Kim Stanley Robinson’s latest novel, New York 2140, (Orbit, Hachette Book Group, March 2017) presents a grim vision of the impact of a warming global climate. I’m sure Robinson could have easily conjured up a world like that in the lauded, 2016 movie Interstellar, where America’s farmland is sufficiently fried to create a new Dust Bowl and the only solution for humanity is to use gravitational propulsion to escape to a distant galaxy through a recently detected wormhole near Saturn. But instead, a writer who ironically is best known for his own space-escape yarns such as The Mars Trilogy, has set himself a more difficult challenge. Robinson visualizes a world where mankind can’t avail itself of improbable technological advances or convenient astronomical discoveries, and instead must struggle to adapt to a barely recognizable planet. Read More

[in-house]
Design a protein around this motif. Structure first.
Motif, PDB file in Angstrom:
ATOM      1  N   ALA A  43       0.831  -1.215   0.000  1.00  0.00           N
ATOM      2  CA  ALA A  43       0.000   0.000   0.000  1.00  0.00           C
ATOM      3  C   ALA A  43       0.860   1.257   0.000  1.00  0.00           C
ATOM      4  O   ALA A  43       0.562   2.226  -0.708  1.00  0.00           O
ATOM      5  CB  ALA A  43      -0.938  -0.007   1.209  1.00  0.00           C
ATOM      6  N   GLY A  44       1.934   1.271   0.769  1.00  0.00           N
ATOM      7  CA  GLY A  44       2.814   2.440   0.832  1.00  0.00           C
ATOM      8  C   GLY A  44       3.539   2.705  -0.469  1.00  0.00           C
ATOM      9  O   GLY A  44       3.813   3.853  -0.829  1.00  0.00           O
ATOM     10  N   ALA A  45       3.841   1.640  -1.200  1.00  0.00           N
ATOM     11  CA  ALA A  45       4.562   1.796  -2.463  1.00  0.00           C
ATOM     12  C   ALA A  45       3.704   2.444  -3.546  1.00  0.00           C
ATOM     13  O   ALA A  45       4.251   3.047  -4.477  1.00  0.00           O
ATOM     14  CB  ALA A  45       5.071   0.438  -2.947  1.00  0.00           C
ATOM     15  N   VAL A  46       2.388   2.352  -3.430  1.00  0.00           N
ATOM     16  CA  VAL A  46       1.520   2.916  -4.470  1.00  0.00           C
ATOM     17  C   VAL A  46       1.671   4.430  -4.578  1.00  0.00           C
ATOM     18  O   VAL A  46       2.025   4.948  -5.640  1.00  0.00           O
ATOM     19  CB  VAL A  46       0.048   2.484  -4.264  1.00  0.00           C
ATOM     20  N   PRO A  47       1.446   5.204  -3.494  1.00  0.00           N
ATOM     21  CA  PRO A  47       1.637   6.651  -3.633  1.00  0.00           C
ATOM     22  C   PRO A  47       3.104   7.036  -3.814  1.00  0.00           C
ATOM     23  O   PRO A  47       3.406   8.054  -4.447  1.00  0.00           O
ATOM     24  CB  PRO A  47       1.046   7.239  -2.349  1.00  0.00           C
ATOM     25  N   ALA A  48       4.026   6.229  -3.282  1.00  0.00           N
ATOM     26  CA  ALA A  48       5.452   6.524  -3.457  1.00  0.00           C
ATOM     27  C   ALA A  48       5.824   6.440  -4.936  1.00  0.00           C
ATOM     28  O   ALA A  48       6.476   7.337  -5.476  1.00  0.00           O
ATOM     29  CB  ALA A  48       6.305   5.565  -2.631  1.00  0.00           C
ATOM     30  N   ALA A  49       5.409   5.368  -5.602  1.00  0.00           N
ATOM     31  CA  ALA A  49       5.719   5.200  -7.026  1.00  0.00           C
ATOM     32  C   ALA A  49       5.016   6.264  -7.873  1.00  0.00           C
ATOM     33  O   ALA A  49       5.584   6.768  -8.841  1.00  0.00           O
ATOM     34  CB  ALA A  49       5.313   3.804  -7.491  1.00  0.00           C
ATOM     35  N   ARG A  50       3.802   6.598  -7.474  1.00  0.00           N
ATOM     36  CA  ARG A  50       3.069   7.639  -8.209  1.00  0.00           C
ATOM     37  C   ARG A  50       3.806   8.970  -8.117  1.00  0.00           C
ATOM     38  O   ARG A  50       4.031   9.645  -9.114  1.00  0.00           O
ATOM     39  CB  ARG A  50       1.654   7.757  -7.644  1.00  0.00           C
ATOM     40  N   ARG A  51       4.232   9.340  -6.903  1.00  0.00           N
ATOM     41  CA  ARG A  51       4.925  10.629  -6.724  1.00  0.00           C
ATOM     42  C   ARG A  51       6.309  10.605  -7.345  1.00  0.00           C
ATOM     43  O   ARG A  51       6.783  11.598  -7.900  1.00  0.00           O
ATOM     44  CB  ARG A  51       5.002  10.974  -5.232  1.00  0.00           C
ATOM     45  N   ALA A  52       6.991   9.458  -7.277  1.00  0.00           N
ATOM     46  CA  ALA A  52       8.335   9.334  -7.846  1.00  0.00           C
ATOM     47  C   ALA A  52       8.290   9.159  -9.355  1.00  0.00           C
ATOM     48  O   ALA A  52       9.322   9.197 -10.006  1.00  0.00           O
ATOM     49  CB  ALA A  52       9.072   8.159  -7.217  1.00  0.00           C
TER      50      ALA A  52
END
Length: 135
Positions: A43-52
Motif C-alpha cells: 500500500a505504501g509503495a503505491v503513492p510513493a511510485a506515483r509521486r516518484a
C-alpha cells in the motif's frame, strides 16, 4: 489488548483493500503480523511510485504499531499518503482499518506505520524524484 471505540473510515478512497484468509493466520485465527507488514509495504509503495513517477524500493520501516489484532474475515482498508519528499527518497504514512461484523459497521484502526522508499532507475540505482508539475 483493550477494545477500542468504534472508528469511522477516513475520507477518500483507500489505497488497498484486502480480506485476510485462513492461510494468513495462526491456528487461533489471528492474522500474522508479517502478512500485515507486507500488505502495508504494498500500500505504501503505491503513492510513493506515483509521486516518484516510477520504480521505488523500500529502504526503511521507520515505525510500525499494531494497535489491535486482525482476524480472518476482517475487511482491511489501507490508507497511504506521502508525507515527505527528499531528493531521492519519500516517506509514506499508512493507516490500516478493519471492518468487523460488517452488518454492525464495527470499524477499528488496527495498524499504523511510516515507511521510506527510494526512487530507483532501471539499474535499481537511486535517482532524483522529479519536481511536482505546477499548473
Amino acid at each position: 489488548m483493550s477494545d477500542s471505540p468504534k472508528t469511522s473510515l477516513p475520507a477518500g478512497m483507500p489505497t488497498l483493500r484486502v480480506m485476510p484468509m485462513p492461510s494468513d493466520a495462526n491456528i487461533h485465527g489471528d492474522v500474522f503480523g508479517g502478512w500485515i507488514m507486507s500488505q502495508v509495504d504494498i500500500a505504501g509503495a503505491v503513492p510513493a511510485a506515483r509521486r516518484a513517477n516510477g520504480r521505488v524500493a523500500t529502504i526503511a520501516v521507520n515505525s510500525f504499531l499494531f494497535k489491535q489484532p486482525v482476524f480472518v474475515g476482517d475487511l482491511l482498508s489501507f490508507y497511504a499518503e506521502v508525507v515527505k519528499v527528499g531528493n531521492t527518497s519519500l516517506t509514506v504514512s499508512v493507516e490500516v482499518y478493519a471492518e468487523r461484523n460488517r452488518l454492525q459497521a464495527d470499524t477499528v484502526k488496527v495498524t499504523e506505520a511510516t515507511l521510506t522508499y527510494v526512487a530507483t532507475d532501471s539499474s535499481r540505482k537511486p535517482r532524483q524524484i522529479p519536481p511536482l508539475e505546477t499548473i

Social Protest or Science Fiction?
December 8, 2017
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